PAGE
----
There is no debate that the Green Bay Packers offense has established a familiar identity, one which imposes fear and helplessness in opposing defenses. There are many reasons that attribute to this history of success, but one of the major keys is the number of weapons that the Packers attack with on offense. The 2016 campaign in Green Bay seems to keep adding offensive weapons to an already volatile squad.
Look no further than last Sunday’s 31-17 NFC North division-clinching dismantling of the Detroit Lions in which the Packers flexed their offensive muscles, paced by productive performances from Geronimo Allison and Aaron Ripkowski.
Allison, the 6’3” lanky rookie receiver from the University of Illinois, posted 4 catches for 91 yards against the Lions including a precision Aaron Rodgers pass for a touchdown that will be shown in Packers lore for years to come. The catch was not easy, but was wildly overlooked because of the pinpoint throw and the 8 seconds Rodgers danced around before throwing the dart. Allison’s performance against the Lions came one week after posting another solid game in which he caught 4 passes for 66 yards against the Minnesota Vikings.
This production couldn’t have come at a better time with Randall Cobb sidelined the past two contests with an ankle injury. The last game Cobb played was against the Chicago Bears, a game he failed to get targeted for a pass. Understandable that Allison would not receive these opportunities unless Cobb was hurt, but it is possible Allison has propelled himself into a larger role moving forward in the Packers postseason run. His size offers Green Bay a third legitimate big bodied target along with Jared Cook and Jordy Nelson. This is an asset Green Bay lacked a season ago with Jordy Nelson sidelined. Cobb offers the knowledge of the offense and awareness on broken plays, but he has failed to produce explosive plays as he did in previous years. It could be argued that Cobb could be expendable at the conclusion of the 2016 season and the emergence of Allison, especially if he continues to flash during the postseason, could further push that thinking.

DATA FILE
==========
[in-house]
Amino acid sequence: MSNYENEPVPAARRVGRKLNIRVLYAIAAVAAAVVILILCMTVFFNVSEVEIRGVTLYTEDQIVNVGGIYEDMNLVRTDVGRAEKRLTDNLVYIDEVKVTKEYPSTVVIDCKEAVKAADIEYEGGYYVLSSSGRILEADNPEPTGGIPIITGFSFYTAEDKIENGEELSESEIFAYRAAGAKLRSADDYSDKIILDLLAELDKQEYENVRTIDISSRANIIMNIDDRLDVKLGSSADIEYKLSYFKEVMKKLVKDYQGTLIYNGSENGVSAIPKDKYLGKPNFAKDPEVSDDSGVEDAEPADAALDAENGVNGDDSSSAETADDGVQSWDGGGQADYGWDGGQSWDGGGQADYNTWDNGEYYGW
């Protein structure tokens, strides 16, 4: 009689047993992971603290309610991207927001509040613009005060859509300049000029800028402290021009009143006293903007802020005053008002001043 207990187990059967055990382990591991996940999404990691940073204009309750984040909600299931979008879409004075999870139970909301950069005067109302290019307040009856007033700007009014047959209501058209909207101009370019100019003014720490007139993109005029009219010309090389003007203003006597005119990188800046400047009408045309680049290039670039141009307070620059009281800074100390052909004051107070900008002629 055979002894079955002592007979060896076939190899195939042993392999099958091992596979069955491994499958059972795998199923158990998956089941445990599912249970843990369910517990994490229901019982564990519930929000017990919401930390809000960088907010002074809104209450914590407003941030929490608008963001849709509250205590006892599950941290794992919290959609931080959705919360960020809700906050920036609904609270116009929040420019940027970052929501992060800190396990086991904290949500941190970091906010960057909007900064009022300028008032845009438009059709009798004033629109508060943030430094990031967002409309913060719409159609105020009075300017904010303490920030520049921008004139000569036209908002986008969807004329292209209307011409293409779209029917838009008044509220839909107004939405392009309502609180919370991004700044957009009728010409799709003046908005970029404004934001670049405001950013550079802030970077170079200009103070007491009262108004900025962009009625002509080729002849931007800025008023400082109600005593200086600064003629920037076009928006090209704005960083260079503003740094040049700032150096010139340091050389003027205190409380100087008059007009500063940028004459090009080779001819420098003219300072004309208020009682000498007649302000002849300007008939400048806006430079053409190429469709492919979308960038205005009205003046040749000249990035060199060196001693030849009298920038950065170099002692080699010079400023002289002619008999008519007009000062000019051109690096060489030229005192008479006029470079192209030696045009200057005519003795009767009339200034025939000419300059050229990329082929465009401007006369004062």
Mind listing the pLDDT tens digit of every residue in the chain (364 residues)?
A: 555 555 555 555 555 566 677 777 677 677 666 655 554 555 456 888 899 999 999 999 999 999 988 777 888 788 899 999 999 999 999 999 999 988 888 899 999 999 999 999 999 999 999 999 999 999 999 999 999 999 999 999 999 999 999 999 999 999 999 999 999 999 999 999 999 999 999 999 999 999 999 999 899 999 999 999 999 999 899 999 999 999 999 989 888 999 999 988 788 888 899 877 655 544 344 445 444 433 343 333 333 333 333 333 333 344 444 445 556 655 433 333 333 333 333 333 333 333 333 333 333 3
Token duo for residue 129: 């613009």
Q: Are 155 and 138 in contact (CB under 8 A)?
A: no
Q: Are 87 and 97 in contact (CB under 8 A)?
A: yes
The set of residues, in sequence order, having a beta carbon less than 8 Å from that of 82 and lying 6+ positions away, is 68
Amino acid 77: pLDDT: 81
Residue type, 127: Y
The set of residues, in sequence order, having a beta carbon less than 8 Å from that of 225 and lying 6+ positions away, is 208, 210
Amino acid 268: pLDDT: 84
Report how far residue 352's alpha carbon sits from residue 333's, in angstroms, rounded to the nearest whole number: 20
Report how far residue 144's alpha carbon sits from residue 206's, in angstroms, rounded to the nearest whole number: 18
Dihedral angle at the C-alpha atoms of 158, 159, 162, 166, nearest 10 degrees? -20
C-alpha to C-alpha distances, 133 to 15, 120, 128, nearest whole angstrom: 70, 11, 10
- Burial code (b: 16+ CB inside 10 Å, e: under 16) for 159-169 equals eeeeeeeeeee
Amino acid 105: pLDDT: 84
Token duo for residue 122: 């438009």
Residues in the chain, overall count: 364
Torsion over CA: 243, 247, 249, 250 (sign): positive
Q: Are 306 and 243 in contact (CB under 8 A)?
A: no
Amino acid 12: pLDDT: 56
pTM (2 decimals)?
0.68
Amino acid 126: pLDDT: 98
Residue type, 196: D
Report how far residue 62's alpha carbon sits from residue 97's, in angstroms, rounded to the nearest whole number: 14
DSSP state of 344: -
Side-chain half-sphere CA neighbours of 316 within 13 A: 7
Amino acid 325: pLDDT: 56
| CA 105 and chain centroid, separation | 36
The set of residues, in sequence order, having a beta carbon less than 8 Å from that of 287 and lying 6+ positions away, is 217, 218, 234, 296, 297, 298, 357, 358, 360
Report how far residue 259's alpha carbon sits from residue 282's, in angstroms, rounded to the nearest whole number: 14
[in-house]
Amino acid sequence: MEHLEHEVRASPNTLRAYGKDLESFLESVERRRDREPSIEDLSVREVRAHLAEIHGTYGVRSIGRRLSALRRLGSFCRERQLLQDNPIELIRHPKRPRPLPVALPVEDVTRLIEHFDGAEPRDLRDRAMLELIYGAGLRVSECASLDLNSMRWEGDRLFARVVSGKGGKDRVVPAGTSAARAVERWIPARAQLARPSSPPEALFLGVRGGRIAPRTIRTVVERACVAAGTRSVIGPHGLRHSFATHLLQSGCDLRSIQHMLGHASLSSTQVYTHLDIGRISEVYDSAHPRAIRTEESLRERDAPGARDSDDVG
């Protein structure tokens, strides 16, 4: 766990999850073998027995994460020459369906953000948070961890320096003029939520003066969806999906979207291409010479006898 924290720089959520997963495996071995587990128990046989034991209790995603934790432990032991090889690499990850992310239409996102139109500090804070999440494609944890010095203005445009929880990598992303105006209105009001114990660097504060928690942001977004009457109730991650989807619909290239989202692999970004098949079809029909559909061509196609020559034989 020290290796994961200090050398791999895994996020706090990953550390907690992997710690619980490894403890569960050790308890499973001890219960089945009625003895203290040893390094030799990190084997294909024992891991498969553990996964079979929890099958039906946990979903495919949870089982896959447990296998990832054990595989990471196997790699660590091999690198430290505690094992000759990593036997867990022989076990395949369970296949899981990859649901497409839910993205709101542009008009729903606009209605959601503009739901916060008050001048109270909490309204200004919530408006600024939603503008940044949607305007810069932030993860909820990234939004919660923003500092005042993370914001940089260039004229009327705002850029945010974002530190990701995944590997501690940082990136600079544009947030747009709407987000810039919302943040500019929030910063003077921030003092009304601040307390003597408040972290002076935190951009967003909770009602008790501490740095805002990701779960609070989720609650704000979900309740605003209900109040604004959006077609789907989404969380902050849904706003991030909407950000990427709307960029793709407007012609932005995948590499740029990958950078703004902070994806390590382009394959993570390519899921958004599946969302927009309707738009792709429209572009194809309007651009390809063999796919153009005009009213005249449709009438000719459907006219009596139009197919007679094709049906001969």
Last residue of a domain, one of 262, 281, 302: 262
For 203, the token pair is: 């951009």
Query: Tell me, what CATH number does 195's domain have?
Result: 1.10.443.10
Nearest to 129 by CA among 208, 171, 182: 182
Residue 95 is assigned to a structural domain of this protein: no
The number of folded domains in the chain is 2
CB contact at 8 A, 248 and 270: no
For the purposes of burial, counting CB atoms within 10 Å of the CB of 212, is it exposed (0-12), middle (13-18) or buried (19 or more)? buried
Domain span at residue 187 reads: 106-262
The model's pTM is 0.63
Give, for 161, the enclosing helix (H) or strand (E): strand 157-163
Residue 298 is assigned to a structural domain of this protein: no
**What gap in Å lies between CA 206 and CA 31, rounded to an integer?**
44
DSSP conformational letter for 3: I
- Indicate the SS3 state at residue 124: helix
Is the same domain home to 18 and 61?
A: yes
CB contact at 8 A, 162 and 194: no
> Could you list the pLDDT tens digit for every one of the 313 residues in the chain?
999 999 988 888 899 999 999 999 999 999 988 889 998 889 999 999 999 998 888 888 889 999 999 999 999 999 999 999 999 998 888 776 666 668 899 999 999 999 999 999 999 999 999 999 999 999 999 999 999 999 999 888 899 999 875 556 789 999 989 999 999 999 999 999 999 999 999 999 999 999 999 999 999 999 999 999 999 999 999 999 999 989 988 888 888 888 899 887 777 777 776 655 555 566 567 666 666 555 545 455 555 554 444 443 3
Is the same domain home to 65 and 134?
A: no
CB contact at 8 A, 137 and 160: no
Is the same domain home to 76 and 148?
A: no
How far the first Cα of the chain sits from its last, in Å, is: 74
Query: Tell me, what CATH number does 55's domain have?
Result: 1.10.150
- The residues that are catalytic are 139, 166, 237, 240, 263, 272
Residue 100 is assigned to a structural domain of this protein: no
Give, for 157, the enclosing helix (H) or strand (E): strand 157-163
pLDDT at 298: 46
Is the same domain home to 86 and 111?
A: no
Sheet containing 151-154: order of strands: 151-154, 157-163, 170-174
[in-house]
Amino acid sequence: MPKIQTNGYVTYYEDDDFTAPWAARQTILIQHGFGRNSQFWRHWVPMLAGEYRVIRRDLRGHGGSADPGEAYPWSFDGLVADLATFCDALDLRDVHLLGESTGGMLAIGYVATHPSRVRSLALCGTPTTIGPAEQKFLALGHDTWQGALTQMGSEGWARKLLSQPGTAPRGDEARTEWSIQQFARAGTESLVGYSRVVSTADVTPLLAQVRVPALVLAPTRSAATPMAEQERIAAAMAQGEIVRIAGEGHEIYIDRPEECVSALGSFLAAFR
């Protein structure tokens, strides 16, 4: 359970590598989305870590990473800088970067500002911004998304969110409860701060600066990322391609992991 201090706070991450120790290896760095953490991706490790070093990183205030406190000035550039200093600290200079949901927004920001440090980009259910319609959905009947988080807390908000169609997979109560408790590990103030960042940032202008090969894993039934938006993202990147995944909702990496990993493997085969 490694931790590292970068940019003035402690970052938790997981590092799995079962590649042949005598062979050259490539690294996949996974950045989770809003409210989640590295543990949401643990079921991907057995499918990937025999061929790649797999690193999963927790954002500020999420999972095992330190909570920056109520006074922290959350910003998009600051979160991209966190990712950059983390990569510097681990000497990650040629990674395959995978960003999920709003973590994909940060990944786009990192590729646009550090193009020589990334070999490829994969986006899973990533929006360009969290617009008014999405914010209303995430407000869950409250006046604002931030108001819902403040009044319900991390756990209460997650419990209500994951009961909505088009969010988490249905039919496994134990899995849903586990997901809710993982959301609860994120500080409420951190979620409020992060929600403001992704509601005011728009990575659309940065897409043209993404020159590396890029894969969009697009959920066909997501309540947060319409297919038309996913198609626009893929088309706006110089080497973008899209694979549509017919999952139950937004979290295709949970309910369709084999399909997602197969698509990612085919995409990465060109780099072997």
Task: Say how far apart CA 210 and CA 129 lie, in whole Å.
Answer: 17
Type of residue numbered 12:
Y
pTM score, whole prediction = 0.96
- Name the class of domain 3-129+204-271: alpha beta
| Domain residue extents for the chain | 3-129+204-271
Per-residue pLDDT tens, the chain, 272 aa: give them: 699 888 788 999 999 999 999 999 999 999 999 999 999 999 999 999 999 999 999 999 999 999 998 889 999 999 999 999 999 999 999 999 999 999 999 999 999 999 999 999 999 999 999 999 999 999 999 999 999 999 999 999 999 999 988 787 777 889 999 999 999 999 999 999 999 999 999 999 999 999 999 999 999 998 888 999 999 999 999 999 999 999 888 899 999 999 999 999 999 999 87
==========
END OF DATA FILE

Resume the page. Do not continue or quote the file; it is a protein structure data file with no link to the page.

In Ripkowski, the Packers have a 246-pound sledgehammer that seems to relish contact on opposing defenders with his kamikaze-style running attack. The second-year fullback often stuns the opposition with initial contact that he provides as a ball carrier, typically concluding with him gaining more yards than he was granted. Though he is known for his “bull in a china shop” style of carrying, he also proved last week that he can make the right reads as explained by Rodgers.
“The first run out of split backs with a two-tight-end set on the right, he had kind of a nice clean hole. But then you saw him with the reading. He made some really good reads today.” Rodgers told the media after Sunday’s game.
With the playoffs starting, it is evident that Mike McCarthy trusts Ripkowski the most in regards to single back sets and protecting the quarterback. It’s no secret that newly transitioned running back, Ty Montgomery, has struggled in pass protection. While Montgomery offers explosive plays both in the running and passing game out of the backfield, it is clear that Ripkowski is the better option in pass protection. He has garnered the trust of Rodgers also who prefers him on key third down situations, like his relationship with former Packers fullback John Kuhn.
“Where if Mike says, ‘Hey, who do you want back there on the big third down?’ I want Rip back there, just like I wanted John back there.” Rodgers explained.
Ripkowski’s skills have trickled into the passing games as well, he caught a 7-yard touchdown reception on the Packers first scoring drive. He has shown flashes in previous games catching the ball which at least gives the defense another thing to worry about, especially as a check down after pass protecting.
Having two more viable weapons for the opposing defense to worry about only makes the Packers offense more dangerous, and gives McCarthy a bevy of options to incorporate into his weekly playoff game plan. Depending on the opponent, this offense can operate and be successful in multiple ways. Unfortunately for Green Bay, Dom Capers does not have this luxury of options on the defensive side of the ball.
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